Mark Wahlberg has been known to have beef with other celebrities. Director David O. Russell’s meltdown on the set of I Heart Huckabees is legendary. And to say Christian Bale is a bit intense is like saying Kanye West thinks highly of himself (that’s an understatement). Put all three volatile men in a boxing ring and what do you get? One of the best pictures of 2010.
The Fighter tells the true story of the pride of Lowell, Massachusetts, famous and infamous boxing brothers “Irish” Micky Ward (Wahlberg) and Dickie Eklund (Bale). Eklund was an upcoming, promising fighter who once knocked down the iconic Sugar Ray Leonard. When his career didn’t pan out the way it was expected, he became a crackhead and trainer to his younger brother Micky.
The Fighter is a look at the lives of the brothers during the 1990′s when Micky was trying to earn his shot and Dickie was immersed in the streets of Lowell. The movie starts out showing an HBO crew following Dickie who he thinks is filming him for a documentary about his boxing comeback. In reality HBO is making a documentary about the evil of crack cocaine titled High on Crack Street: Lost Lives in Lowell (which if you haven’t seen is a much watch).
Dickie, the pride of Lowell, is still a local celebrity who everyone in town loves even though they know he’s nothing, but a junkie at this point. Micky is set to fight in Atlantic City, but when he gets there his opponent is sick and he must fight a man who has 20 pounds on him. After getting beaten badly, Micky starts to re-assess the people in charge of his career and meets a female bartender (Amy Adams) who he soon falls in love with. After Dickie is arrested for the 20+ time, he is sent to prison for assault, theft, hitting a cop among many other charges. Micky’s career starts to build with new management and without his brother in his corner which causes turmoil in the family.
Micky wins a big fight thanks to Dickie’s fight plan in prison and he finally gets a title shot. Dickie is released from prison and the people controlling Micky’s career are worried that with Dickie’s influence he could lose the momentum. Micky and his team including Dickie, fly to England for his title shot which could make him a legend or just another has-been like his brother.
The Fighter is everything you want in a film. It’s dramatic, unexpectedly hilarious, heart-warming and an underdog story of redemption and resurrection. It has fantastic performances from Amy Adams, Rescue Me’s Jack McGee and who’s having a better supporting year than Melissa Leo? Leo, playing Alice, Micky and Dickie’s mother, is great again this year like she was in Conviction and Welcome to the Rileys. But the two stars of the film are what make The Fighter.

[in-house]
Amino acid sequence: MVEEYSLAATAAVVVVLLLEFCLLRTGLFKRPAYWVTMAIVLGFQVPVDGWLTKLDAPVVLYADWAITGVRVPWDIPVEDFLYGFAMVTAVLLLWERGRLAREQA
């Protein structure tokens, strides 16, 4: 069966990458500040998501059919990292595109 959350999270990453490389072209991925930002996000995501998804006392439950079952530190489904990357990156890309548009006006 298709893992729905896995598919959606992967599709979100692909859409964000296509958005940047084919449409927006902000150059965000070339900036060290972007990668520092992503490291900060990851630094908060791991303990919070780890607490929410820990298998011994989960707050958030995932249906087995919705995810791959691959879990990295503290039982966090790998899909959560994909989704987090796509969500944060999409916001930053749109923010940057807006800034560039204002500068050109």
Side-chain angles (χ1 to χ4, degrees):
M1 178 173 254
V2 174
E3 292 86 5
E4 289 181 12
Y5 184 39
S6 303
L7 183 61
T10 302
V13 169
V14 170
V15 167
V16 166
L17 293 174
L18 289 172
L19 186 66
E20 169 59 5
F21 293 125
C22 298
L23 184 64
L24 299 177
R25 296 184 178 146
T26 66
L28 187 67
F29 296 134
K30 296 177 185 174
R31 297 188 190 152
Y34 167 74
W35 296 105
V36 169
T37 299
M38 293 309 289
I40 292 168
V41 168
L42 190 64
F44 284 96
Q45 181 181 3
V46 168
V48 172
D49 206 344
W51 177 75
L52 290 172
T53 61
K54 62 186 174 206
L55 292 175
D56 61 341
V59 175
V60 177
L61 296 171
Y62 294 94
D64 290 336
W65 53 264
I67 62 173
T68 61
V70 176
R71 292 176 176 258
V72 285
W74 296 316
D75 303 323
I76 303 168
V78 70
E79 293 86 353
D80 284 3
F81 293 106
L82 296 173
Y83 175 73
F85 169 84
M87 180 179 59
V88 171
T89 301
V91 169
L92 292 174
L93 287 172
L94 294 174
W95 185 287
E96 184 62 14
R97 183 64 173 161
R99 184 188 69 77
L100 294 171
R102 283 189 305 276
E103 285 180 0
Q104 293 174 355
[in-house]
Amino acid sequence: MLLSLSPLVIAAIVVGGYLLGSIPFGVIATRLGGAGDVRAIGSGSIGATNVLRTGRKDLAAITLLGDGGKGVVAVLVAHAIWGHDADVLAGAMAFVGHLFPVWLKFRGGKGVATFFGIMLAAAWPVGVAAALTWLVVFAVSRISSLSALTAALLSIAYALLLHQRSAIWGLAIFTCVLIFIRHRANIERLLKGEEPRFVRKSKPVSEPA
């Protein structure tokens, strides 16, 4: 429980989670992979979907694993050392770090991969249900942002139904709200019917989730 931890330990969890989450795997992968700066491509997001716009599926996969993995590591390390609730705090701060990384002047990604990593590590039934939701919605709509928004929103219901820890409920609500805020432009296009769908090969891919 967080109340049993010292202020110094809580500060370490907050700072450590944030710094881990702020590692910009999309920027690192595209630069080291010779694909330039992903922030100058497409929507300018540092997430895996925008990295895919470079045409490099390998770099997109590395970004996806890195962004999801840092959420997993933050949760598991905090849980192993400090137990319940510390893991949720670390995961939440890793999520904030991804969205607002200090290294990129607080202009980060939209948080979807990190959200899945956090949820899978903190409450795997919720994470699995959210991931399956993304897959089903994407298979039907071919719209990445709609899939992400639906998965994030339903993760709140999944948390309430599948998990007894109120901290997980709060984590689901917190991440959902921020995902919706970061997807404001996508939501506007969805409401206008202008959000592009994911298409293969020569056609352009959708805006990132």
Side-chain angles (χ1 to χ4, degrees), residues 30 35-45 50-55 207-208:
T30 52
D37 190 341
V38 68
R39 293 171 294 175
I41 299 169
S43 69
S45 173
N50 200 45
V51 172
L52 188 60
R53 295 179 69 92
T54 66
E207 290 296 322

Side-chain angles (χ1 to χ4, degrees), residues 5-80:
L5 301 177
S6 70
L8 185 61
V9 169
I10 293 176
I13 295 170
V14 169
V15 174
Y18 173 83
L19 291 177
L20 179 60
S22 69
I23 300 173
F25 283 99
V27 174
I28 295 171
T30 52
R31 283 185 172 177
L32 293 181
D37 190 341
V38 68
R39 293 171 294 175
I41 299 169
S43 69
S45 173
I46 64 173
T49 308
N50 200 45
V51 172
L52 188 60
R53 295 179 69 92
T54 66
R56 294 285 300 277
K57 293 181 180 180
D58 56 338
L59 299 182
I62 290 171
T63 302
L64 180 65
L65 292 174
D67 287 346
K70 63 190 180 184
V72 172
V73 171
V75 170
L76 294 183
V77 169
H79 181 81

Mark Wahlberg was once a white rapper/model named Marky Mark who morphed into Hollywood money in the bank. Whether indie films like Boogie Nights or blockbusters like The Departed, Mark continues to prove his critics wrong. Mark and Micky’s story almost parallel themselves. Mark grew up in a city with good and bad streets, a more famous bother who he struggled to get out from his shadow and eventually surpassed with more talent (sorry Donnie).
You can hand best supporting actor to Christian Bale right now. There will not be a better performance from an actor the rest of the year. Bale plays a better crackhead than a crackhead does. Nobody gives more or dedicates himself more to a role than Bale who once again loses a lot of weight (The Machinist anyone?) for this movie.
With eyes sunken in his head, skinny face and mouth open, junkie jaw, Bale is mesmerizing as Dickie. Just like his The Dark Knight co-star Heath Ledger, every second of film that Bale is in, your eyes automatically focus on him. From the first second you see Bale’s Dickie in the opening of The Fighter to his moments with his son to the end when he’s in Micky’s corner, all you see is acting at its finest. Whether he’s sparring with Micky, running through the streets with his friends or jumping out of crack house windows, Bale is engaging, comical (which is a first), and near flawless.
The only negative with the film, if there has to be one, is that it only mentions Micky’s epic battles with the late Arturo Gatti. Maybe film can’t do justice to what could be three of the greatest fights in the history of boxing. If you haven’t seen them, find them online, on DVD, on an old VHS tape, whatever.
The Fighter’s story isn’t just a story of a boxer. It’s a story of a family, a neighborhood, a city. Just like Dickie and Micky, Lowell was once down and now on the rise. The brothers are still the pride of Lowell, but The Fighter gives the city another reason to lift its head up from the gutters. Russell, Wahlberg and Bale have an absolutely, brilliant winner of a film.
The Fighter was released on December 8th, 2010
Ken Murray also reviews for The Boston Movie Examiner, check out his reviews here.